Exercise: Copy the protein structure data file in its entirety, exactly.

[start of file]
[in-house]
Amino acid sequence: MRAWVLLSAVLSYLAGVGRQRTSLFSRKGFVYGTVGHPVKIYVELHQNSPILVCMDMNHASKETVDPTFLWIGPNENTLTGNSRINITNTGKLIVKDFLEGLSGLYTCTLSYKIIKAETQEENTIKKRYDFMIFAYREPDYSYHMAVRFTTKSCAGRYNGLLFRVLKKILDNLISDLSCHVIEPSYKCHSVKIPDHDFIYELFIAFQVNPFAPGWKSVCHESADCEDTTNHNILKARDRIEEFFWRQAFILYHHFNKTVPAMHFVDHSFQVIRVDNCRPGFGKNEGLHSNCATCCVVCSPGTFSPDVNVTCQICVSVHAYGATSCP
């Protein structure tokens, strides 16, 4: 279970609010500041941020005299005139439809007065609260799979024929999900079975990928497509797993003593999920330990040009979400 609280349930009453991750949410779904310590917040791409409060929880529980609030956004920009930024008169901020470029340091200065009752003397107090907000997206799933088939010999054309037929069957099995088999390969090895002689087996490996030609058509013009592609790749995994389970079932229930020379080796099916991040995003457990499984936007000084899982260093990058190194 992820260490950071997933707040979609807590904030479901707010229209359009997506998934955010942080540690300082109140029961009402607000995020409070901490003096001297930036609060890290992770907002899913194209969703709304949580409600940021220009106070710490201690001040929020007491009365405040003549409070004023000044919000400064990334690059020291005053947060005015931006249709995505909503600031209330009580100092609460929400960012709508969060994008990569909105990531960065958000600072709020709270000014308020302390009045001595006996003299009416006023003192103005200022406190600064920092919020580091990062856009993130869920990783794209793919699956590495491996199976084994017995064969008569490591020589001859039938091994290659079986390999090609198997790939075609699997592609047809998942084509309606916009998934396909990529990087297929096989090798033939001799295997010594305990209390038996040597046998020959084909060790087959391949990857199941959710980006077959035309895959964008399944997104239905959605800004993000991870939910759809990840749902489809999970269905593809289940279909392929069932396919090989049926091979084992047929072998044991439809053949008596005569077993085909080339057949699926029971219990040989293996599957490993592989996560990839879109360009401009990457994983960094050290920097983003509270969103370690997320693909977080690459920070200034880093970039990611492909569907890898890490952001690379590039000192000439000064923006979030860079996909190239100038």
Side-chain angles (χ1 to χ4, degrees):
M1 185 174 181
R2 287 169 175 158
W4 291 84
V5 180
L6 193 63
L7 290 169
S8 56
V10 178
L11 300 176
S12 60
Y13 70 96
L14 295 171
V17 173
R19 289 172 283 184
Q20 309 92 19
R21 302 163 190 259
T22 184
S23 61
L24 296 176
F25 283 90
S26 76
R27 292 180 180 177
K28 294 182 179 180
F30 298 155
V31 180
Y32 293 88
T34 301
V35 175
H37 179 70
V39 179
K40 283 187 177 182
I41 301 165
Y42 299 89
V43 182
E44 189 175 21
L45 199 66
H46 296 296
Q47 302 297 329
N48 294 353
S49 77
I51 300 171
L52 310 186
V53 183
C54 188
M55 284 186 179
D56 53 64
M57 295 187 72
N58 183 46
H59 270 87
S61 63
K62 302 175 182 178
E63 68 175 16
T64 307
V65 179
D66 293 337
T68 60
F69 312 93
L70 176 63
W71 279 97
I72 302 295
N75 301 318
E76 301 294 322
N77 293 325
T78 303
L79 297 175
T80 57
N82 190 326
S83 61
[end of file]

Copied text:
[in-house]
Amino acid sequence: MRAWVLLSAVLSYLAGVGRQRTSLFSRKGFVYGTVGHPVKIYVELHQNSPILVCMDMNHASKETVDPTFLWIGPNENTLTGNSRINITNTGKLIVKDFLEGLSGLYTCTLSYKIIKAETQEENTIKKRYDFMIFAYREPDYSYHMAVRFTTKSCAGRYNGLLFRVLKKILDNLISDLSCHVIEPSYKCHSVKIPDHDFIYELFIAFQVNPFAPGWKSVCHESADCEDTTNHNILKARDRIEEFFWRQAFILYHHFNKTVPAMHFVDHSFQVIRVDNCRPGFGKNEGLHSNCATCCVVCSPGTFSPDVNVTCQICVSVHAYGATSCP
């Protein structure tokens, strides 16, 4: 279970609010500041941020005299005139439809007065609260799979024929999900079975990928497509797993003593999920330990040009979400 609280349930009453991750949410779904310590917040791409409060929880529980609030956004920009930024008169901020470029340091200065009752003397107090907000997206799933088939010999054309037929069957099995088999390969090895002689087996490996030609058509013009592609790749995994389970079932229930020379080796099916991040995003457990499984936007000084899982260093990058190194 992820260490950071997933707040979609807590904030479901707010229209359009997506998934955010942080540690300082109140029961009402607000995020409070901490003096001297930036609060890290992770907002899913194209969703709304949580409600940021220009106070710490201690001040929020007491009365405040003549409070004023000044919000400064990334690059020291005053947060005015931006249709995505909503600031209330009580100092609460929400960012709508969060994008990569909105990531960065958000600072709020709270000014308020302390009045001595006996003299009416006023003192103005200022406190600064920092919020580091990062856009993130869920990783794209793919699956590495491996199976084994017995064969008569490591020589001859039938091994290659079986390999090609198997790939075609699997592609047809998942084509309606916009998934396909990529990087297929096989090798033939001799295997010594305990209390038996040597046998020959084909060790087959391949990857199941959710980006077959035309895959964008399944997104239905959605800004993000991870939910759809990840749902489809999970269905593809289940279909392929069932396919090989049926091979084992047929072998044991439809053949008596005569077993085909080339057949699926029971219990040989293996599957490993592989996560990839879109360009401009990457994983960094050290920097983003509270969103370690997320693909977080690459920070200034880093970039990611492909569907890898890490952001690379590039000192000439000064923006979030860079996909190239100038």
Side-chain angles (χ1 to χ4, degrees):
M1 185 174 181
R2 287 169 175 158
W4 291 84
V5 180
L6 193 63
L7 290 169
S8 56
V10 178
L11 300 176
S12 60
Y13 70 96
L14 295 171
V17 173
R19 289 172 283 184
Q20 309 92 19
R21 302 163 190 259
T22 184
S23 61
L24 296 176
F25 283 90
S26 76
R27 292 180 180 177
K28 294 182 179 180
F30 298 155
V31 180
Y32 293 88
T34 301
V35 175
H37 179 70
V39 179
K40 283 187 177 182
I41 301 165
Y42 299 89
V43 182
E44 189 175 21
L45 199 66
H46 296 296
Q47 302 297 329
N48 294 353
S49 77
I51 300 171
L52 310 186
V53 183
C54 188
M55 284 186 179
D56 53 64
M57 295 187 72
N58 183 46
H59 270 87
S61 63
K62 302 175 182 178
E63 68 175 16
T64 307
V65 179
D66 293 337
T68 60
F69 312 93
L70 176 63
W71 279 97
I72 302 295
N75 301 318
E76 301 294 322
N77 293 325
T78 303
L79 297 175
T80 57
N82 190 326
S83 61